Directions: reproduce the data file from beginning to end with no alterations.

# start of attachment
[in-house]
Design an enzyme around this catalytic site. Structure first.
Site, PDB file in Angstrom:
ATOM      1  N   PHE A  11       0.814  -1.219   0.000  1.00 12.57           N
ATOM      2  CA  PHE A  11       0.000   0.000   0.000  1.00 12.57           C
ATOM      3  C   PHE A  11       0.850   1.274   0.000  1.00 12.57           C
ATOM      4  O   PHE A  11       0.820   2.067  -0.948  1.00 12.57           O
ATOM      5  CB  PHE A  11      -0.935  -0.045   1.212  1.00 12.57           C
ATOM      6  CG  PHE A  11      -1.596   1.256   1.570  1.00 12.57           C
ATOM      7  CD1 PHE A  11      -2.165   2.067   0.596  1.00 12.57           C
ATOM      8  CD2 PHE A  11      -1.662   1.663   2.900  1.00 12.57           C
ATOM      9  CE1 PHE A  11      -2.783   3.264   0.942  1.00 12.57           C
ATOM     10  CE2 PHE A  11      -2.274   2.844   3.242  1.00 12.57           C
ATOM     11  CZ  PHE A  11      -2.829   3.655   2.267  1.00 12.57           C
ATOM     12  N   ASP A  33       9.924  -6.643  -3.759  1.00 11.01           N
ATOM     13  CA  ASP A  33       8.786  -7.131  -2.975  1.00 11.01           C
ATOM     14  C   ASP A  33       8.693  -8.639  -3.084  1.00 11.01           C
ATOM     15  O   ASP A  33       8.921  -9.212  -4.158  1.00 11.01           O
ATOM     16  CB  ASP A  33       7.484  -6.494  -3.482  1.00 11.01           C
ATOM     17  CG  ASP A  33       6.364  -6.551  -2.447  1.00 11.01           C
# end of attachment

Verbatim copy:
[in-house]
Design an enzyme around this catalytic site. Structure first.
Site, PDB file in Angstrom:
ATOM      1  N   PHE A  11       0.814  -1.219   0.000  1.00 12.57           N
ATOM      2  CA  PHE A  11       0.000   0.000   0.000  1.00 12.57           C
ATOM      3  C   PHE A  11       0.850   1.274   0.000  1.00 12.57           C
ATOM      4  O   PHE A  11       0.820   2.067  -0.948  1.00 12.57           O
ATOM      5  CB  PHE A  11      -0.935  -0.045   1.212  1.00 12.57           C
ATOM      6  CG  PHE A  11      -1.596   1.256   1.570  1.00 12.57           C
ATOM      7  CD1 PHE A  11      -2.165   2.067   0.596  1.00 12.57           C
ATOM      8  CD2 PHE A  11      -1.662   1.663   2.900  1.00 12.57           C
ATOM      9  CE1 PHE A  11      -2.783   3.264   0.942  1.00 12.57           C
ATOM     10  CE2 PHE A  11      -2.274   2.844   3.242  1.00 12.57           C
ATOM     11  CZ  PHE A  11      -2.829   3.655   2.267  1.00 12.57           C
ATOM     12  N   ASP A  33       9.924  -6.643  -3.759  1.00 11.01           N
ATOM     13  CA  ASP A  33       8.786  -7.131  -2.975  1.00 11.01           C
ATOM     14  C   ASP A  33       8.693  -8.639  -3.084  1.00 11.01           C
ATOM     15  O   ASP A  33       8.921  -9.212  -4.158  1.00 11.01           O
ATOM     16  CB  ASP A  33       7.484  -6.494  -3.482  1.00 11.01           C
ATOM     17  CG  ASP A  33       6.364  -6.551  -2.447  1.00 11.01           C